LAX / SFO - HND would have been 707s, because NW had not taken delivery of their first 747 when the routes were inaugurated (for that matter, no airline had put the 747 into service when the routes were inaugurated).

I'm not sure about MSP - California; possibly a mix of 727-100s and 707s / 720s.



Seaholm Maples are #1!
User currently offlineTango-Bravo From United States of America, joined Jun 2001, 3805 posts, RR: 29
Reply 4, posted (2 years 11 months 4 days 18 hours ago) and read 1550 times:

Quoting WA707atMSP (Reply 1):
According to Robert Serling's excellent history of WA, "The Only Way to Fly", WA "did not particularly want" SEA-MSP, probably because WA had no feed on the MSP end of the route.

Was it perhaps more an issue for WA of having very limited on-line feed at SEA?...coupled with none at MSP...inasmuch as LAX-MSP (especially) and SFO-MSP non-stops were among their best-performing routes?...even to the extent that LAX-MSP non-stops continued for several years after WA had succumbed to hub-mania?...in spite of no on-line feed at MSP. WA did, to be sure, have plenty of possibilities for on-line connections at LAX up until even their LAX-MSP non-stops fell victim to WA's everything-must-pass-through-SLC mentality that took over ~1984-85(?).

Also with regard to WA's SEA-MSP non-stops...not sure if it's fact or anecdote...or somewhere in-between...according to one WA staffer (back in the mid-'70s), one of the reasons given by WA management for dropping the route was that there was no potential for growth -- because the flights were always at or very near 100% load factors...so there was no opportunity to increase pax numbers   If true, it sounds to me much more like a lack of gate space and/or aircraft availability issue...or perhaps the then-almighty CAB refusing to allow WA a second frequency on SEA-MSP?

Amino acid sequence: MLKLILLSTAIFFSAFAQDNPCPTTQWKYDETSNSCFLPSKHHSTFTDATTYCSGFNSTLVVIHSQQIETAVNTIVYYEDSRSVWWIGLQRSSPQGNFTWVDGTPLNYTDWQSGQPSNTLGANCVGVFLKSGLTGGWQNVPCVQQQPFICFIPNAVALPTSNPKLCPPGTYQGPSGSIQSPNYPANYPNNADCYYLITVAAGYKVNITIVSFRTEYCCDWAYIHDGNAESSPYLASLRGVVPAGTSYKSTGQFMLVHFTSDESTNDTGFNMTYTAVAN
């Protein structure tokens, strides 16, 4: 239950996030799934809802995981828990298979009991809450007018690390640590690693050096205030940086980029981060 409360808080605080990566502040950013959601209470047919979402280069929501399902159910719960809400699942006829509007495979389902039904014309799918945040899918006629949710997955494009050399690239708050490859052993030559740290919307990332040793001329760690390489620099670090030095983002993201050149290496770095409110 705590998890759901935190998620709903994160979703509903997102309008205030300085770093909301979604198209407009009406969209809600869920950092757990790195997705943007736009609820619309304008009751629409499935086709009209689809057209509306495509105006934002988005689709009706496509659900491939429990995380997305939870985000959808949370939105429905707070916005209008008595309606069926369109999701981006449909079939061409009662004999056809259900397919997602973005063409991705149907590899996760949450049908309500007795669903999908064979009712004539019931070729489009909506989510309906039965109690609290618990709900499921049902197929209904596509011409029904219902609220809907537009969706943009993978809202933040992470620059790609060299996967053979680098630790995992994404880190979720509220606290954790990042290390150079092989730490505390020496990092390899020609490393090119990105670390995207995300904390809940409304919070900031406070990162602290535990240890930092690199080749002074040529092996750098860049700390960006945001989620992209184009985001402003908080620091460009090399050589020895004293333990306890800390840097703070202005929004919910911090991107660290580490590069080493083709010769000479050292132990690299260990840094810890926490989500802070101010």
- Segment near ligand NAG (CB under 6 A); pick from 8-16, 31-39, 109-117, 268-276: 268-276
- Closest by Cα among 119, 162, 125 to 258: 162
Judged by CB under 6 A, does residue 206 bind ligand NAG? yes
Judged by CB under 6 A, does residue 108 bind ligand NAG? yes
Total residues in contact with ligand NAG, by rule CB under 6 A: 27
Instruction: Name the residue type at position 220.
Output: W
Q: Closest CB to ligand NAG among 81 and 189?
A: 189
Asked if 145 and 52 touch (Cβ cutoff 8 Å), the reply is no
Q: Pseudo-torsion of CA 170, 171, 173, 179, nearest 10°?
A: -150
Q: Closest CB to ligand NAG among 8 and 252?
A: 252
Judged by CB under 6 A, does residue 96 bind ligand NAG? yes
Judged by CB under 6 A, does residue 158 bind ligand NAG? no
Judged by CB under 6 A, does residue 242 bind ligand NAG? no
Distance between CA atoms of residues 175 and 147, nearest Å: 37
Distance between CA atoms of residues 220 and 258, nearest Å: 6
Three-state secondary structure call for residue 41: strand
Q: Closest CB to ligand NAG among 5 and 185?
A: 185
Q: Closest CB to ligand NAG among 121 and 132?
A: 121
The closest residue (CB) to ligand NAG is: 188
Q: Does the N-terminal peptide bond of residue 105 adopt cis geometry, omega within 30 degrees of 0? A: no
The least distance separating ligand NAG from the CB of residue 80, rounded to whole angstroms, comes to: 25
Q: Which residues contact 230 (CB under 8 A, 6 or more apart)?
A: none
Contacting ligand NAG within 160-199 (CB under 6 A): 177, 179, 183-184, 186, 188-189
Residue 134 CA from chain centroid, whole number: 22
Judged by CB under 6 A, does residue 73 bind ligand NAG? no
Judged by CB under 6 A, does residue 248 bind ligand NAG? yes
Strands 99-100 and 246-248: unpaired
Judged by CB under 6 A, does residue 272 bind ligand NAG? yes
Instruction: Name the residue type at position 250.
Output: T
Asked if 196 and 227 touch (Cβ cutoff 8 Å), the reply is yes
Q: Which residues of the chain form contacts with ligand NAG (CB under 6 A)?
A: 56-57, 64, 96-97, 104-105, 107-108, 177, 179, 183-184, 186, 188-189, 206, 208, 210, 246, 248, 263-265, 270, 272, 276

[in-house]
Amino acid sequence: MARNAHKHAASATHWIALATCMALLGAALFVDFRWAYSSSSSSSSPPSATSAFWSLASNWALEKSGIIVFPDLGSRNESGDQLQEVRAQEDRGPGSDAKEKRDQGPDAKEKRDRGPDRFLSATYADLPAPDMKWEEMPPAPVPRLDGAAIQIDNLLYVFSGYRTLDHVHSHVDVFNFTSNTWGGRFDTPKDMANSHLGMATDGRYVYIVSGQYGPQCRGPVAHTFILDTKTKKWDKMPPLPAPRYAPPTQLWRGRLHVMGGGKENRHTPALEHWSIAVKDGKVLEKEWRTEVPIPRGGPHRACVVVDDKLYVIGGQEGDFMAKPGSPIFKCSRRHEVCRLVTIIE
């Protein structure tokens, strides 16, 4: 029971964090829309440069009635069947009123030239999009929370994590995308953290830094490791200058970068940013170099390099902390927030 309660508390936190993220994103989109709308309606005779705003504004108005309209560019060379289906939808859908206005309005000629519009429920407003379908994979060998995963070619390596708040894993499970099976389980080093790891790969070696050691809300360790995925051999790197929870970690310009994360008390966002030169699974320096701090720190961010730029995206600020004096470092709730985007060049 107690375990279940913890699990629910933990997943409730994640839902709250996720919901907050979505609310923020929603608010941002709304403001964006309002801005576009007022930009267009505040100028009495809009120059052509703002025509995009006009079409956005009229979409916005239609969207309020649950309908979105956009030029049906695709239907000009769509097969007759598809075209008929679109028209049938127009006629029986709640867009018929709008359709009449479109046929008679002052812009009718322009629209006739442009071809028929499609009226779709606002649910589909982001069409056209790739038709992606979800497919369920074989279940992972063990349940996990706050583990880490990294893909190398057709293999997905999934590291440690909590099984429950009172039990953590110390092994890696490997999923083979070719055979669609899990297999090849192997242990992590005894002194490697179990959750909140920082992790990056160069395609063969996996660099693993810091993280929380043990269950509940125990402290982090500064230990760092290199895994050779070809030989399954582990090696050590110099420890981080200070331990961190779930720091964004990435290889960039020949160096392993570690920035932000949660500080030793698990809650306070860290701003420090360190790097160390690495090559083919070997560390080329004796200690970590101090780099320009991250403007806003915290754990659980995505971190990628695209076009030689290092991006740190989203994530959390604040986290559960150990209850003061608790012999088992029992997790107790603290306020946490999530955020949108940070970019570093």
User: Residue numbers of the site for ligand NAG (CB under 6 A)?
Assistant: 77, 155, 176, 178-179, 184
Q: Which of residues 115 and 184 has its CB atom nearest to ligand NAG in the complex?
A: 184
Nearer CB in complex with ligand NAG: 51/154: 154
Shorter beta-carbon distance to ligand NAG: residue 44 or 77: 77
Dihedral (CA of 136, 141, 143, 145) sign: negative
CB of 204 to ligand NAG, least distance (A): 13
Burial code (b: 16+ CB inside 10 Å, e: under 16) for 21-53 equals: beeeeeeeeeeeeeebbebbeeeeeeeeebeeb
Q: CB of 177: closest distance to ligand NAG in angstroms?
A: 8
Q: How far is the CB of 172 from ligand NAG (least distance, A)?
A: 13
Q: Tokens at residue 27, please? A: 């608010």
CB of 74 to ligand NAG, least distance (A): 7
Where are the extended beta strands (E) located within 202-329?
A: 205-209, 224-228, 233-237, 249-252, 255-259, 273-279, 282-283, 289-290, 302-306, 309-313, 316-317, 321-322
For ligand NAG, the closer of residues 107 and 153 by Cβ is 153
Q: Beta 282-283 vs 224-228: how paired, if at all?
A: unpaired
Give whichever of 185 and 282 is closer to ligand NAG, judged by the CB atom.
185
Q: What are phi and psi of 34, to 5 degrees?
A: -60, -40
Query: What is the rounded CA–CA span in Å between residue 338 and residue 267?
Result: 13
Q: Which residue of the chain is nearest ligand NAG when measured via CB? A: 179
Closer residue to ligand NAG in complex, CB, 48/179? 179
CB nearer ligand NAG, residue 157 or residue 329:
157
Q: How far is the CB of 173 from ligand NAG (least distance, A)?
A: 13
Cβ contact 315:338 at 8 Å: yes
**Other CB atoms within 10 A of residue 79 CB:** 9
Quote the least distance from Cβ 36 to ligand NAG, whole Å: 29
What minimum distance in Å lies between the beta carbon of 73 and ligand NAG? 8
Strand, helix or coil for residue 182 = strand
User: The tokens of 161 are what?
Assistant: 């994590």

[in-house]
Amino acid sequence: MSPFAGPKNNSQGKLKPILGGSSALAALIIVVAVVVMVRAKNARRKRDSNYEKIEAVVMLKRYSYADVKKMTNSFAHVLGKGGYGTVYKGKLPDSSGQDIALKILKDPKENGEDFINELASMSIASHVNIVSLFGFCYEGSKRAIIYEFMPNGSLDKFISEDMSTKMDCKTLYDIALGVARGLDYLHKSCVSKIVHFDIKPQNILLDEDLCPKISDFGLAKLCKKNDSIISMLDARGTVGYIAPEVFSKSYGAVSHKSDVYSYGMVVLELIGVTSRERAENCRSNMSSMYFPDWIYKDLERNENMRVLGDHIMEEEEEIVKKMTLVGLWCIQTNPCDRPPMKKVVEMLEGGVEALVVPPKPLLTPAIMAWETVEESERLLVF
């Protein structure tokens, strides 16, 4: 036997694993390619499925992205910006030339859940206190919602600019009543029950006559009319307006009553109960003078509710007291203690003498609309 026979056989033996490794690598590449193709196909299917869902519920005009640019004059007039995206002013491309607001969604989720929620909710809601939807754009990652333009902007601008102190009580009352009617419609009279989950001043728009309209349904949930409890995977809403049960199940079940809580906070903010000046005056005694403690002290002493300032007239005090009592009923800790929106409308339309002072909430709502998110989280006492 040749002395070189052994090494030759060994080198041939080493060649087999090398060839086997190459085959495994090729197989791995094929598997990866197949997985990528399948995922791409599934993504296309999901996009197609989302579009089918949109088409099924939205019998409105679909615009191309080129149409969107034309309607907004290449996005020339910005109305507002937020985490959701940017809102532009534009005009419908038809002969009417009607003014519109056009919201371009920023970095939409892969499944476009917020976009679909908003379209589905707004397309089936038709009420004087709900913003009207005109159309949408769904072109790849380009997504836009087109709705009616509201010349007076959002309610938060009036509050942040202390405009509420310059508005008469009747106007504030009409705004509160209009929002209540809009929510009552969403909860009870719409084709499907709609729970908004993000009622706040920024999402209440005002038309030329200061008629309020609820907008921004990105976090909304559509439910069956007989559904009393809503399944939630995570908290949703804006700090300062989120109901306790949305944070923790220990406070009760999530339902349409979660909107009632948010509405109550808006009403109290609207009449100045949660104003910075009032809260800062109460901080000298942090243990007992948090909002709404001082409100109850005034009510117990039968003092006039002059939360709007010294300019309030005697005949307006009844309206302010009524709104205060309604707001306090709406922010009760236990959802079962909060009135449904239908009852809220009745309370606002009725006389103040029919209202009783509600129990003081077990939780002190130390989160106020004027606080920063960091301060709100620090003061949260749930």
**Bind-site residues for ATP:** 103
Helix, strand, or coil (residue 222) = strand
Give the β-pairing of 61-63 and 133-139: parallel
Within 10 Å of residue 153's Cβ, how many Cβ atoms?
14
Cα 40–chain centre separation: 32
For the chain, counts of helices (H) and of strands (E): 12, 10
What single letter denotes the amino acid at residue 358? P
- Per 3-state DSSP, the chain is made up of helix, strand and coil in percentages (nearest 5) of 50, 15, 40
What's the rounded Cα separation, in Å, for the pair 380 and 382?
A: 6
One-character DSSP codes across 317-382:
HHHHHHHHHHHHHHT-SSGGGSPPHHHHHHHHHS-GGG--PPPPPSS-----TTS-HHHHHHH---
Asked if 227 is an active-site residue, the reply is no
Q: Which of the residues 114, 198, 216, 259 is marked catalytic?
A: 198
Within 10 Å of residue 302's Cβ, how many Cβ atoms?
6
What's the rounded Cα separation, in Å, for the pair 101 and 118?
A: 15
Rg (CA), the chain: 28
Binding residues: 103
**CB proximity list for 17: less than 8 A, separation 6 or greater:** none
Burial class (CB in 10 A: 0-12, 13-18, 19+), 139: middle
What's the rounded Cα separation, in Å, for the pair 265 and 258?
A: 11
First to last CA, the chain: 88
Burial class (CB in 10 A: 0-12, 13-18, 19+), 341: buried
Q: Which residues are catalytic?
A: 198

User currently offlineWA707atMSP From United States of America, joined Oct 2006, 2226 posts, RR: 8
Reply 5, posted (2 years 11 months 4 days 14 hours ago) and read 1476 times:

Quoting Tango-Bravo (Reply 4):
Also with regard to WA's SEA-MSP non-stops...not sure if it's fact or anecdote...or somewhere in-between...according to one WA staffer (back in the mid-'70s), one of the reasons given by WA management for dropping the route was that there was no potential for growth -- because the flights were always at or very near 100% load factors...so there was no opportunity to increase pax numbers If true, it sounds to me much more like a lack of gate space and/or aircraft availability issue...or perhaps the then-almighty CAB refusing to allow WA a second frequency on SEA-MSP?

That seems really strange. I've never heard of an airline dropping a route because it was always full!

If the flight was full, WA could always have upgraded it to a DC-10, which, as far as I know, WA never did. WA operated one DC-10 / day into MSP, on the MSP-LAX-HNL route.

In the 1970s, NW ran ads in MSP which touted the fact that they had 49 widebodies / day out of MSP, versus 1 on "all other airlines combined", with the one being WA's MSP-LAX DC-10.



Seaholm Maples are #1!